National LGBTI Ageing & Aged Care Roundtables

2nd National LGBTI Ageing and Aged Care Roundtable

Click here to read this report

In August 2013 the Alliance convened the 2nd National LGBTI Ageing and Aged Care Roundtable. It brought together policy makers, service providers, older adults, LGBTI people, and key organisations and gave them an opportunity to review the implementation of the National LGBTI Ageing & Aged Care Strategy and to feed this information back to government. Participants at the Roundtable were representative of each State and Territory and the diversity of LGBTI communities and the ageing and aged care sector. The Hon. Senator Dean Smith participated in the 2nd day of the Roundtable.

Participants identified issues in the areas of healthy ageing opportunities, needs and wants of older LGBTI people, including housing, health, mental health and other non-aged care sector services and discussed the progress of cultural change within the ageing and aged care sectors and initiatives to achieve support of LGBTI people within aged care. Recommendations covered:

  • LGBTI Ageing and Housing – from Housing to Homing
  • Getting Older: It’s not all about aged care
  • Review of the National LGBTI AAC Strategy
  • End of Life Decision Making
  • Community Visitors Schemes and other Community Visitor Options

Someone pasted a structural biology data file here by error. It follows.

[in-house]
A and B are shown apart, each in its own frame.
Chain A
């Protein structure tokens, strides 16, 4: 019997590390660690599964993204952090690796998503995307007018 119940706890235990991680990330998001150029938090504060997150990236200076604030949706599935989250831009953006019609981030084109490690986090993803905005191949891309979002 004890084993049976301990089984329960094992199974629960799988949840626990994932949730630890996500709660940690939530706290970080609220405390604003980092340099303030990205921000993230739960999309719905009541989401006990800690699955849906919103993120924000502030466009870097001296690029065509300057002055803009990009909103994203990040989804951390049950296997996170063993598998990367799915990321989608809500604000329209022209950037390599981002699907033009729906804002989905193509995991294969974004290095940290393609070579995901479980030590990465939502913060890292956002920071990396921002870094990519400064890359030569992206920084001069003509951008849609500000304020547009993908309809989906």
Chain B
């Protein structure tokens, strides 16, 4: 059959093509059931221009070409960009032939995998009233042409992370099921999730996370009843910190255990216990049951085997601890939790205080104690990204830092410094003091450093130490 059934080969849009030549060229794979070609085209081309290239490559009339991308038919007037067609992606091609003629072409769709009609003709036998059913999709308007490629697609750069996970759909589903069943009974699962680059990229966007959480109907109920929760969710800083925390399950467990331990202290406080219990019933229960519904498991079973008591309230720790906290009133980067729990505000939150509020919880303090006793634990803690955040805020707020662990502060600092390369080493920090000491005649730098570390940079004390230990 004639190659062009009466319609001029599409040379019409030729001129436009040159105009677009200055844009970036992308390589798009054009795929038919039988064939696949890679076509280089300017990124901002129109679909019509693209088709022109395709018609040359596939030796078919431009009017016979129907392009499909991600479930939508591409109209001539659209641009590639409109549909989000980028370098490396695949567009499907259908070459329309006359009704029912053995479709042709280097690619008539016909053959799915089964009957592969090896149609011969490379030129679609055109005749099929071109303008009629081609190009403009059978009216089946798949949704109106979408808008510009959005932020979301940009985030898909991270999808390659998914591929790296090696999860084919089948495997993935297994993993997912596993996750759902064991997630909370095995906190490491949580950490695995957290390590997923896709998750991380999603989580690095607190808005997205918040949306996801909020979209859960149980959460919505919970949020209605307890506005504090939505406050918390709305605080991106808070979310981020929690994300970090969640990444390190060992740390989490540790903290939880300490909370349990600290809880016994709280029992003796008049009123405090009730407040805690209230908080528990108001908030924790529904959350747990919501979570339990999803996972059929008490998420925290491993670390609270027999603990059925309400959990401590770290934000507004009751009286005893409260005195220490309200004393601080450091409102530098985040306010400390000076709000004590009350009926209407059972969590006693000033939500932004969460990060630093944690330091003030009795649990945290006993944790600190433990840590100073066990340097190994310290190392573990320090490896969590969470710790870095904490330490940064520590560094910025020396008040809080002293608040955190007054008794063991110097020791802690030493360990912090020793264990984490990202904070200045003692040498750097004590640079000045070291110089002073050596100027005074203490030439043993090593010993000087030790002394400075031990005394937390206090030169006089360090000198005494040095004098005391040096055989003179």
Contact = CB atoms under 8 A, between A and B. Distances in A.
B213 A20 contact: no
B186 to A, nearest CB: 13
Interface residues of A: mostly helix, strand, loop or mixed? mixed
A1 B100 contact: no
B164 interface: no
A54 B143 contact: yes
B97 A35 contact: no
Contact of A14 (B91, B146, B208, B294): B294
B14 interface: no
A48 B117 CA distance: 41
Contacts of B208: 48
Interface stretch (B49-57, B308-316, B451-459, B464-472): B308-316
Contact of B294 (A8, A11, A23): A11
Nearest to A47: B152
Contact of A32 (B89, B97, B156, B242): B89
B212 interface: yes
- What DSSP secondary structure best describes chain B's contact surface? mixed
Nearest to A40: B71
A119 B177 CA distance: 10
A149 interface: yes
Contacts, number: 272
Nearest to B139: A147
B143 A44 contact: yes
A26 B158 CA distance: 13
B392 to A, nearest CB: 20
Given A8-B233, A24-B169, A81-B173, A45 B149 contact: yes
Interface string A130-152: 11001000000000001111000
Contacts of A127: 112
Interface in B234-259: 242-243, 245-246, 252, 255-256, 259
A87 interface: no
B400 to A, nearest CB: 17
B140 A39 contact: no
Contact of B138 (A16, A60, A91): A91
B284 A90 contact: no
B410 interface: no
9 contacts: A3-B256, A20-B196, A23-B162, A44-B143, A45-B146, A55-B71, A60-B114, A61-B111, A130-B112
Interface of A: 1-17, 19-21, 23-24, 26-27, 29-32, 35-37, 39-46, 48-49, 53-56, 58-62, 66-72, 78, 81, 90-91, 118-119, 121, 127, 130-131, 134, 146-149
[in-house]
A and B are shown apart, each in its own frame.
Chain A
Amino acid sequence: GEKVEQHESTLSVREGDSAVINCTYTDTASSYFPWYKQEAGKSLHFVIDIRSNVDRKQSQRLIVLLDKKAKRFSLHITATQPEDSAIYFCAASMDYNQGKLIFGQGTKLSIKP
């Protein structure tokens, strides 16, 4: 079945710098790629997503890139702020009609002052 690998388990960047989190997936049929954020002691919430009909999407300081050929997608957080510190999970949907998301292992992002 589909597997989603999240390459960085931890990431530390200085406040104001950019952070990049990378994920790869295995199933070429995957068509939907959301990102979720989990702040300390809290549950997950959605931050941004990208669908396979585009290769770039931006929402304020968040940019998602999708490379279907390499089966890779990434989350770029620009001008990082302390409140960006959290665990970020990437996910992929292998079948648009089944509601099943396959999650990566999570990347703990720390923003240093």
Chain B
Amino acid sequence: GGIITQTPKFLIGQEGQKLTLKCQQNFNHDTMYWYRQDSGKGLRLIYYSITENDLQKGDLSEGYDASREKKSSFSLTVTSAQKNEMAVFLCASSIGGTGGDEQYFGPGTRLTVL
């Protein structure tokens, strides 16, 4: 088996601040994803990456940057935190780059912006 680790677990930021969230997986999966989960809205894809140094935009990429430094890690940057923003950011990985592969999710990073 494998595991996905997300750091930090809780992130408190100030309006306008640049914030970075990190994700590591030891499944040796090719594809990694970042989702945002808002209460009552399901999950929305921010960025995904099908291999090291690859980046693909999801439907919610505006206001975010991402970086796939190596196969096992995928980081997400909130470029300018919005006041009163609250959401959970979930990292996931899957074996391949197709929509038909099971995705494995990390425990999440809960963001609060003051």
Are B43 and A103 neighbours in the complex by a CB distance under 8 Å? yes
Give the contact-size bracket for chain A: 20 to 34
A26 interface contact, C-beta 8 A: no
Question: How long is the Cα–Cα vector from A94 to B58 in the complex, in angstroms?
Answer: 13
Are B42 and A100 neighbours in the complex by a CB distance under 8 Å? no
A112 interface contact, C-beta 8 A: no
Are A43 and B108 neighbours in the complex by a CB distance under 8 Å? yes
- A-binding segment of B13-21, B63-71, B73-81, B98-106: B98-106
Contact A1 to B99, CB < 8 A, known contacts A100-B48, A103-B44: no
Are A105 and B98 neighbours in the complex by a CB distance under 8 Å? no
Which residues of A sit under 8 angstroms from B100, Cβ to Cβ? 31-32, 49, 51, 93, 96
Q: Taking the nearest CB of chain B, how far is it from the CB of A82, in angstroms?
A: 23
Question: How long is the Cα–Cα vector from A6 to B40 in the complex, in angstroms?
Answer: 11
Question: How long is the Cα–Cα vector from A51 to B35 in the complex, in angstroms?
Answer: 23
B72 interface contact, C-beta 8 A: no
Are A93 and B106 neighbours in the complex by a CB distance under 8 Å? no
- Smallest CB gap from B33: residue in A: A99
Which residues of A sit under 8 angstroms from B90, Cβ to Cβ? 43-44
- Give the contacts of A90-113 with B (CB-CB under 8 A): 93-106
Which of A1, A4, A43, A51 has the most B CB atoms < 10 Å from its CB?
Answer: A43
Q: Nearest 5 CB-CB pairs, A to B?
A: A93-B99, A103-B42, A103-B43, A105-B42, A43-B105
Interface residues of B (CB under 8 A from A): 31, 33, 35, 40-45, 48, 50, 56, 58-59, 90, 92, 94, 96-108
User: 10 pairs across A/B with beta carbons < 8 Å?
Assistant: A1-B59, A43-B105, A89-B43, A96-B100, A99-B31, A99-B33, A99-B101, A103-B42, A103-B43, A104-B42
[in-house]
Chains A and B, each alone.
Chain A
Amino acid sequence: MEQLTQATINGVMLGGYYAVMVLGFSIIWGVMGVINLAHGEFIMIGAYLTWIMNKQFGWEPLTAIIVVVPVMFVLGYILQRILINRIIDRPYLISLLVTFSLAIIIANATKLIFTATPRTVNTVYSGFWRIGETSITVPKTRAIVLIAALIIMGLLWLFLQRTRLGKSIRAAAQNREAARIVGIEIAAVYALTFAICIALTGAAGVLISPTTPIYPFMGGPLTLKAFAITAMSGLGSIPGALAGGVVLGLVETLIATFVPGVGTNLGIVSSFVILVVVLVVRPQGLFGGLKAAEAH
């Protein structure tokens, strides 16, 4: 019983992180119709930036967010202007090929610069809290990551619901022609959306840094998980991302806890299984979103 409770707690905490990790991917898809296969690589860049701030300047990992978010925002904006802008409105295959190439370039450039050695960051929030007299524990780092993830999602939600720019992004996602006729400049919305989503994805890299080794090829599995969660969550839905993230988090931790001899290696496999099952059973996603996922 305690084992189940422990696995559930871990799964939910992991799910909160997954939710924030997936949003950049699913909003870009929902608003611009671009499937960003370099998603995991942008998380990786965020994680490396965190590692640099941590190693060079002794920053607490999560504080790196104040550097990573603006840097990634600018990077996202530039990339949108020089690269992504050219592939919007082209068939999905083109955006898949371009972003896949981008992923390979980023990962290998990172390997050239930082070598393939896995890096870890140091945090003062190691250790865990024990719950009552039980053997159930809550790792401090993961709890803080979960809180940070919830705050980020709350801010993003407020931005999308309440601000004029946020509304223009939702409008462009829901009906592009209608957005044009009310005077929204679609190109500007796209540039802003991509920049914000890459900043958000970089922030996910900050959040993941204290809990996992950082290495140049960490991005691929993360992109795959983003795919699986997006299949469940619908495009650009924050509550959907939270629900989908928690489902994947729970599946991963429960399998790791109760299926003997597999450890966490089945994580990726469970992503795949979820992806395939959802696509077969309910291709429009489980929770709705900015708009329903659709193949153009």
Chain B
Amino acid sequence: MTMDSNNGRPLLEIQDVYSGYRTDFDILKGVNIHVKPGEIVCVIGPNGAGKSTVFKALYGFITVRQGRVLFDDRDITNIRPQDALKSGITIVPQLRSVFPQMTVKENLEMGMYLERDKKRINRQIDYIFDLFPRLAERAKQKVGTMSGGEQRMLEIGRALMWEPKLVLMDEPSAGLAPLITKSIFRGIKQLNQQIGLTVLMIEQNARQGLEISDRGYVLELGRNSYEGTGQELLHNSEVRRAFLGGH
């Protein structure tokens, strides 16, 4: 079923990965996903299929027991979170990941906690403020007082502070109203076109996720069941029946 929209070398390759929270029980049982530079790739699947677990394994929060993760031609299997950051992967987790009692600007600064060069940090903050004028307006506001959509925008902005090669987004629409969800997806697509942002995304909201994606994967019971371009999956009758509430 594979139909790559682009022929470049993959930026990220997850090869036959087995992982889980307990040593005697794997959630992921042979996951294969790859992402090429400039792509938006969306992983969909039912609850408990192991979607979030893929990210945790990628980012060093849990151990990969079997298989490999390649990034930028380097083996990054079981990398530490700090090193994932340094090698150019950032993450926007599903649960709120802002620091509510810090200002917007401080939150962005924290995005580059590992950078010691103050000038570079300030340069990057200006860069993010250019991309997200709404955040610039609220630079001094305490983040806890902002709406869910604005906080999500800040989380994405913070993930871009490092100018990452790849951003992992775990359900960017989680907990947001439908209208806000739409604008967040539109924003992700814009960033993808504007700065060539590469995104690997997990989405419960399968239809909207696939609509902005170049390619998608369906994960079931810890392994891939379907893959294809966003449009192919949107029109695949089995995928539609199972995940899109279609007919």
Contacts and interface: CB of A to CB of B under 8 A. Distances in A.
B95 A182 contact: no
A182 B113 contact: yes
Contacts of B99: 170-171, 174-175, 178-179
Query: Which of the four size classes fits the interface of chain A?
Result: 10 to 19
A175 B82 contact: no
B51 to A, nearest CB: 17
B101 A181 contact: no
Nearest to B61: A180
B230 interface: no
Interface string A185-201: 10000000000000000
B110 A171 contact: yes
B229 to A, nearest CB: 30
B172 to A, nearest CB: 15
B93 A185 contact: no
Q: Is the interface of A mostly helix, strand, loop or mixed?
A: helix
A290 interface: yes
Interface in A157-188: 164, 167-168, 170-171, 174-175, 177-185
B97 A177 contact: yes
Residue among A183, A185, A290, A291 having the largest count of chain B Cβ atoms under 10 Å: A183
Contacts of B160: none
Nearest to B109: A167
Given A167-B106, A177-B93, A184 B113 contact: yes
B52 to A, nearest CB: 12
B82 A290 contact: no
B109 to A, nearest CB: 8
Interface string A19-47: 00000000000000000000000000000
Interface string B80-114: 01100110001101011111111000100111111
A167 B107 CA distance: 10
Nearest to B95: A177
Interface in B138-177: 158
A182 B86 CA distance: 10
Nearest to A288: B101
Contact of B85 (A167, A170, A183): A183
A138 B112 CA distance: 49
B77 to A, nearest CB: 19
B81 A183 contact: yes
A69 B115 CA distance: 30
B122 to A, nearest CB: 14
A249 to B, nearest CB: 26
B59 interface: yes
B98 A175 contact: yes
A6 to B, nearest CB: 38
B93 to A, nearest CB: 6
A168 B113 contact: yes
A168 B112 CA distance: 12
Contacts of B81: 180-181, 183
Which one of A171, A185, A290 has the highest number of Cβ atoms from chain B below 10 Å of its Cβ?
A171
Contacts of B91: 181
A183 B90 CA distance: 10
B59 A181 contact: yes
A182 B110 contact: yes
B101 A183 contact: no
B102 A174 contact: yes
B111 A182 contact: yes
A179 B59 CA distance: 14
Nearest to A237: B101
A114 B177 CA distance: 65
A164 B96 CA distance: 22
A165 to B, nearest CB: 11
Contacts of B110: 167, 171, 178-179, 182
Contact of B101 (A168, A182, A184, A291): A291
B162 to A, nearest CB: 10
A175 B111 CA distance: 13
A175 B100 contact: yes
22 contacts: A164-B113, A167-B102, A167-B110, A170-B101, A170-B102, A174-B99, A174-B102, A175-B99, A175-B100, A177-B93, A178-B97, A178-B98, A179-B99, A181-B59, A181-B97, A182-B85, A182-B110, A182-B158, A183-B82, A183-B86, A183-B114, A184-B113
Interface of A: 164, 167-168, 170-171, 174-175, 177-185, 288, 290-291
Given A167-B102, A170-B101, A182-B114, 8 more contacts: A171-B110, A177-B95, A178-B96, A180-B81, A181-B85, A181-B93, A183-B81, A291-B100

• Older LGBTI People and Mental Health
  • Research
  • Diversity within Diversity
  • Report – S:\Alliance work areas and projects\Ageing and Aged Care\Roundtables\Roundtable 2014\Report\2nd National LGBTI AAC Roundtable Report.pdf

1st National Ageing and Aged Care Roundtable

Click here to read the Report from the 1st LGBTI Ageing & Aged Care Roundtable

Two fundamental issues underpinned the recommendations of the Roundtable.

First, the general invisibility of older LGBTI people within mainstream society and within LGBTI communities, including the widespread ignorance of their specific needs, histories and life experiences. Older LGBTI people are the experts on their own lives, experiences and needs.

Second, older LGBTI people’s experiences of prejudice and discrimination (which may include bullying, harassment, verbal, physical, psychological and/or sexual abuse) over the life course, from government, agencies, faith-based organisations, health providers, businesses, LGBTI communities, families, friends, and individuals. This includes a fear of prejudice and discrimination, which may or may not be warranted. These experiences cause older LGBTI people to: remain in or return to the closet; be reluctant to reveal their sexual orientation, their gender identity, history or experience, or their intersex status to government agencies and service providers; and be reluctant to make complaints when they experience prejudice or discrimination.